Celebrating Energy Alternatives
In the Ocatillo region of southern California, the Quechan tribe of Native American Indians has lived for thousands of years. The bones of their ancestors are buried in that ground, and it’s that earth that holds the prayers of their elders. So when Pattern Energy wanted to build wind turbines there several years ago, tribal leaders came together and decided to fight to protect the land.
At last weekend’s Energy Festival hosted by I Aloha Molokai, several Quechan tribe members were honored guests and panelists. They shared a story with local attendees of their experience with Pattern Energy, the same company currently proposing wind turbines for Molokai — a story many Molokai residents say sounds all too familiar.
The Quechan united with neighboring tribes to stand against Pattern. But when the company offered each tribe millions of dollars in exchange for erecting wind turbines on their land, only the Quechan were left saying no, according to Quechan council member Virgil Smith. Though the tribe no longer lives on the land their ancestors occupied, which is now scheduled to become home to industrial wind energy generation, Smith said their status as a sovereign nation gives them some legal strength against the process.
The tribe has filed several lawsuits against the procedure Pattern Energy followed. Virgil’s father Vernon, a Quechan elder, said as a sovereign nation, the tribe is required by law to be consulted before any plans move forward on their lands. But he said they are often contacted after the fact, as was the case in Pattern’s proposal. He said their lawsuits have been fairly successful, with one currently in litigation.
“How do the people fight these big companies? The answer is, be united. Be strong. Believe in your people… Pray. Listen…” said Vernon. He encouraged Molokai residents to be aware of the laws and regulations that energy development companies are mandated to follow. He also advised to know your own history and educate yourself on what benefits are really being offered in exchange for turbine development.
The Energy Festival, the second annual two-day event held at Mitchell Pauole Center last Friday and Saturday, featured panelists from around the state, as well as the Quechan tribe members, educational workshops and exhibitors — all focused on educating residents about sustainability and renewable energy alternatives. Workshops included home energy-saving tools, photovoltaic options for residences and businesses and how to build your own low-cost solar hot water heater.
The event opened Friday evening with a welcoming ceremony featuring a cultural exchange of hula as well as Quechan tribe members sharing their traditions of song and dance.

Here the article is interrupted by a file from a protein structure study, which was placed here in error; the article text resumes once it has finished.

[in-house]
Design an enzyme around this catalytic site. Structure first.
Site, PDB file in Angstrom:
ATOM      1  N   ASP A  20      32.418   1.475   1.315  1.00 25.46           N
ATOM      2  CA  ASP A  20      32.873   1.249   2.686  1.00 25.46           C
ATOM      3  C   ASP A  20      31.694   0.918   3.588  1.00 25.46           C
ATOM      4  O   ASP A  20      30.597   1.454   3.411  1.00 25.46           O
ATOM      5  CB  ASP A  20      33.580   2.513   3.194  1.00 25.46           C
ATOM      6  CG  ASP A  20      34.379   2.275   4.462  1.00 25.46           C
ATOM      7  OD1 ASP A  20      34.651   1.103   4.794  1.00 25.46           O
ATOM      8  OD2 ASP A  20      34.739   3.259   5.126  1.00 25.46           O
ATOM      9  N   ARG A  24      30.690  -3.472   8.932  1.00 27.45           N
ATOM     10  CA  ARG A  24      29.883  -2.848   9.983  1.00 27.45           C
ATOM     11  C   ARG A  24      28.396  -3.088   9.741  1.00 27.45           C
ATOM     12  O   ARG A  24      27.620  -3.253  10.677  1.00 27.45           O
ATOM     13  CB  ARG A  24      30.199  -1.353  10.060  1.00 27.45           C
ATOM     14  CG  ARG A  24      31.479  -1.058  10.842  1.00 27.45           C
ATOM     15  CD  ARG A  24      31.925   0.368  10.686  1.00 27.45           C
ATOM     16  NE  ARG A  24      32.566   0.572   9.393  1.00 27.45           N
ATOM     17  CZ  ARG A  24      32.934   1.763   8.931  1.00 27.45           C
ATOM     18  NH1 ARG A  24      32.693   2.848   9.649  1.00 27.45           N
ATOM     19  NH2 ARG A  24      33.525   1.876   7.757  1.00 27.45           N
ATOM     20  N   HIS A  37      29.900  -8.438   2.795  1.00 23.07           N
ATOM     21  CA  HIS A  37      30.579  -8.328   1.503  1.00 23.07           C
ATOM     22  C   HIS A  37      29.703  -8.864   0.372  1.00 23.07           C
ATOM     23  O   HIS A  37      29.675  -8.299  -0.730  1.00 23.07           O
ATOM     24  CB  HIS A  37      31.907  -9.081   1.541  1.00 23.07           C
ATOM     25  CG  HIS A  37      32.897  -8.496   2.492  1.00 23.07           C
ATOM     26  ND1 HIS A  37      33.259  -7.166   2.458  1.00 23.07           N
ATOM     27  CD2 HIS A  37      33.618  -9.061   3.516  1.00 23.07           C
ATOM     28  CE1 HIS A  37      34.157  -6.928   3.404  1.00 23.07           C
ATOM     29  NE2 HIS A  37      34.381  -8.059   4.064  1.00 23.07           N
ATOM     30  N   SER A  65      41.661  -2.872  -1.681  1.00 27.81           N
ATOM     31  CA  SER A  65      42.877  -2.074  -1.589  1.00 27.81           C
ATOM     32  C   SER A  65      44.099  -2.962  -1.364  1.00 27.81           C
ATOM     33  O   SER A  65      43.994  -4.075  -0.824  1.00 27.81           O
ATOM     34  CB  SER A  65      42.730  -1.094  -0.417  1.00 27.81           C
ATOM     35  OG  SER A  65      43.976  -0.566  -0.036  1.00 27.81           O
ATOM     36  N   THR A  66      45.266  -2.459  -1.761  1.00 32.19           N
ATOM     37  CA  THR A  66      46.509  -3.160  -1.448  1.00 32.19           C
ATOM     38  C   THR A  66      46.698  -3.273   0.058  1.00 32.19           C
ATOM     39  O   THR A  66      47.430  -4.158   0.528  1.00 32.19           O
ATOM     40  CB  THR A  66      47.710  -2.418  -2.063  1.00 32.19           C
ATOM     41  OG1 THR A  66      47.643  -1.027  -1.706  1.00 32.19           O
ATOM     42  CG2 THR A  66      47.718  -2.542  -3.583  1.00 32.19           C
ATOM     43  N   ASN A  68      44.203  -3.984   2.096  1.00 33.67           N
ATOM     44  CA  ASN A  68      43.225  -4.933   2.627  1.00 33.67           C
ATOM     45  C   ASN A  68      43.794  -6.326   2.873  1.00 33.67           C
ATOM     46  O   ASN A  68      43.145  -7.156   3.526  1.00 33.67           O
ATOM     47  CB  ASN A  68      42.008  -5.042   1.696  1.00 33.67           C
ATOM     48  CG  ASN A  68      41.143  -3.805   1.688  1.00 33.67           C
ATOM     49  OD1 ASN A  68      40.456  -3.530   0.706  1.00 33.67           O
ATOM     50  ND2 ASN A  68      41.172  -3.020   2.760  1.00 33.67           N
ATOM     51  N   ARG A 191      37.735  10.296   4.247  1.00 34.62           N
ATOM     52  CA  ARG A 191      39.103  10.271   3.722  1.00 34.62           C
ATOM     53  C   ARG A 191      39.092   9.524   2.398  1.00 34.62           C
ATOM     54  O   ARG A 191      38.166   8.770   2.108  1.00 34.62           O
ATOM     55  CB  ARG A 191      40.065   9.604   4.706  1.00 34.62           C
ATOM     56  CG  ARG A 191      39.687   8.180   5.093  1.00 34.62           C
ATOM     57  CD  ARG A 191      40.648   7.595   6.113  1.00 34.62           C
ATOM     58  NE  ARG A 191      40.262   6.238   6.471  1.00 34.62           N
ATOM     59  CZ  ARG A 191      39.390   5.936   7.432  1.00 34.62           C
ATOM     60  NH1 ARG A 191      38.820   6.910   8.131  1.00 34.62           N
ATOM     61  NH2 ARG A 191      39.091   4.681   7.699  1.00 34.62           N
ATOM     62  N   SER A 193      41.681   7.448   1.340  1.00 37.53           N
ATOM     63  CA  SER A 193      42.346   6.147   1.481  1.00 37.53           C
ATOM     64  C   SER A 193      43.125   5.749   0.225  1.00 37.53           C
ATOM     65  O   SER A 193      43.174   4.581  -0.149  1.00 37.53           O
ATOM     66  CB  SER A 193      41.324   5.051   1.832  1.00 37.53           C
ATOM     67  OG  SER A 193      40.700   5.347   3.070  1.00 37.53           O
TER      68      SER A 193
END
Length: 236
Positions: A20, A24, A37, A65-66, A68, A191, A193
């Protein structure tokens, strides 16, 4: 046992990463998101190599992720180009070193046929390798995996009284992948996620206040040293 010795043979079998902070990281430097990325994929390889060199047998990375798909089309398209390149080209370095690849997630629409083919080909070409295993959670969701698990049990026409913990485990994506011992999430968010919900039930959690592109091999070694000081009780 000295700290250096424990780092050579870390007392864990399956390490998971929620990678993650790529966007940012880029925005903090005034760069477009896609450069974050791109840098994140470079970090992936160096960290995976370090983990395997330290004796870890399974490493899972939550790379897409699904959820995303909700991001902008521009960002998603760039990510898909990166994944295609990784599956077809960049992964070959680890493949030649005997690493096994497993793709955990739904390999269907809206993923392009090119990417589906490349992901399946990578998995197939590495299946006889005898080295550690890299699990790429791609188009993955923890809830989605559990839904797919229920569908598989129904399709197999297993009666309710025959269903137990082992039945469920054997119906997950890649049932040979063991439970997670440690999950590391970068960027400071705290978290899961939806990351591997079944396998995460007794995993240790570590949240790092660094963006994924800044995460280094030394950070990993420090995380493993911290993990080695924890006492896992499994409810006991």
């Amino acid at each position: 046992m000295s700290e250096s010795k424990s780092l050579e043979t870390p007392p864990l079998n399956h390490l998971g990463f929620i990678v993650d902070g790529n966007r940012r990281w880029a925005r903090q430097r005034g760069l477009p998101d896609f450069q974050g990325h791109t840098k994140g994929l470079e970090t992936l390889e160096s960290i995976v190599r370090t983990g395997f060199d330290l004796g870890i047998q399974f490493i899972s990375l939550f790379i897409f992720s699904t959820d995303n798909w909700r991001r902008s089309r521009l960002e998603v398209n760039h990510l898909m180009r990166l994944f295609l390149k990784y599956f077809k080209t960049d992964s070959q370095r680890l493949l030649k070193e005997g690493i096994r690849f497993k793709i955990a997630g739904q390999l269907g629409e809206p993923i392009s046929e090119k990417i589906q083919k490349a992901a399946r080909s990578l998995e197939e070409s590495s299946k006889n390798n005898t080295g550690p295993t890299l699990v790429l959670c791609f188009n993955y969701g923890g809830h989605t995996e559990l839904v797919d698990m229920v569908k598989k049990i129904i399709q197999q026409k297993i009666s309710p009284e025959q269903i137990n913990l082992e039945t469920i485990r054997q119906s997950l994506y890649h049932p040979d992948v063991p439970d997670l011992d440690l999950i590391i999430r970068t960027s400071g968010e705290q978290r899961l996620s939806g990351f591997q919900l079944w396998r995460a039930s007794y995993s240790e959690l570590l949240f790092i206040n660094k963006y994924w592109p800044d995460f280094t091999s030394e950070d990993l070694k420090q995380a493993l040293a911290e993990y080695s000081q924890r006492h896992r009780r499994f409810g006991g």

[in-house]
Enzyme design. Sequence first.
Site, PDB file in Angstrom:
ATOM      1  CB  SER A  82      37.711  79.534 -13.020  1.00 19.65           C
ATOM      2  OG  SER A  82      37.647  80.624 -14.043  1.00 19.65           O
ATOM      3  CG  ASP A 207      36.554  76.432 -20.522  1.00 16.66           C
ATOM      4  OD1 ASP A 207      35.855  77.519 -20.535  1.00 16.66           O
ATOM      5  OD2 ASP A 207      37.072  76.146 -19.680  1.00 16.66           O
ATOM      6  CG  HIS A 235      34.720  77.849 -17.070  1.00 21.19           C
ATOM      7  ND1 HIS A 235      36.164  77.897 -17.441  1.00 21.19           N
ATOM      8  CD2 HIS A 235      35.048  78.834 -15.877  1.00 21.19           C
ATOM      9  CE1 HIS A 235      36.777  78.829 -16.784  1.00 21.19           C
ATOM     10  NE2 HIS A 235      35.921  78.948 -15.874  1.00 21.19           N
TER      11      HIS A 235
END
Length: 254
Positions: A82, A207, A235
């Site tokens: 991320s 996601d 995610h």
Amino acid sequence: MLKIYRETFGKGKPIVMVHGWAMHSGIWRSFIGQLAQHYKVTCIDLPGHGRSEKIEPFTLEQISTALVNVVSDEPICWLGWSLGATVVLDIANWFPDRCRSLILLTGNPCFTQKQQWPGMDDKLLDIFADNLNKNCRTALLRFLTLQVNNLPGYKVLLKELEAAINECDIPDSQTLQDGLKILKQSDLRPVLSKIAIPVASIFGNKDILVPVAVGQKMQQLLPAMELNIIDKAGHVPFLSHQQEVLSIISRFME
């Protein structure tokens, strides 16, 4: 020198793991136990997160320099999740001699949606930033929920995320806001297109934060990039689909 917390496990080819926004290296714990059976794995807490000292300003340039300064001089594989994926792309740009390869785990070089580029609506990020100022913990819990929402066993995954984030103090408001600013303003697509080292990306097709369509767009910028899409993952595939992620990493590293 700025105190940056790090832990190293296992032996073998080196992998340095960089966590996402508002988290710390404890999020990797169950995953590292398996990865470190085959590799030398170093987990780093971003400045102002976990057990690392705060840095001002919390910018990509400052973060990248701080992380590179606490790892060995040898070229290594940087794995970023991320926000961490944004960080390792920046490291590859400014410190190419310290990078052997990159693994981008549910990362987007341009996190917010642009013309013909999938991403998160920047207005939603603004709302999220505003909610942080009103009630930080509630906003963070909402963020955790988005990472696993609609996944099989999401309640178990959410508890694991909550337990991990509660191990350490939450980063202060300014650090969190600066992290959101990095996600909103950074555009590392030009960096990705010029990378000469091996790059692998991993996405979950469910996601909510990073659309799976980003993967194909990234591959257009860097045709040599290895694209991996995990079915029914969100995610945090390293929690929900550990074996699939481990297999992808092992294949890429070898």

Saturday’s first panel featured state and county officials discussing current trends and plans for energy in Hawaii. Doug McLeod, Maui County energy commissioner, said Mayor Alan Arakawa is not in favor of the cable coming to Molokai and Lanai. Robin Kaye of the group Friend of Lanai talked about how the new owner of Lanai says he wants to make Lanai a model of sustainable energy, which is causing mixed feelings among residents because they fear such abundant energy could cause rampant growth.
Another panel focused on energy from a Native Hawaiian perspective, discussing the importance of fighting for the next generation, establishing energy independence for each island and the importance of Native Hawaiians being recognized as a voice at the state level to influence energy decisions. The last panel looked at renewable energy alternative for Molokai and stressed the importance of starting somewhere by installing solar water heaters and photovoltaic panels on homes.
Range of Perspectives
Speaker Collette Machado of the Office of Hawaiian Affairs, which helped fund the event, echoed the Quechan and their resolve not to accept the benefits wind companies promise.
“[It takes] guts to stand up and say, ‘we don’t want anything you have to offer,’” she said, calling Molokai’s effort a “story of David and Goliath.” But she said I Aloha Molokai’s fight against “the giants… has garnered statewide support.”
“It’s never easy saying ‘go home, government’… and working uphill against politicians,” said Machado.
While the tone of some at the event pointed fingers at the government, speaker Harry Kim, former Hawaii Island mayor and civil defense director, put things into a different perspective.
“If you blame the government, you have to blame yourself, too, because it’s our government — they got there because you put them there,” he said. “Our greatest failure is war,” he continued, explaining he meant it inclusively as the failure of agreement between people. “You have to empower yourself… you have to reach out to people who disagree with you.
“Say ‘our government’ and maybe we can work together to change.”
Exhibitors from around the state showcased renewable and sustainable energy companies and solutions, while attendees also enjoyed music, entertainment, food and raffle give-aways throughout the day.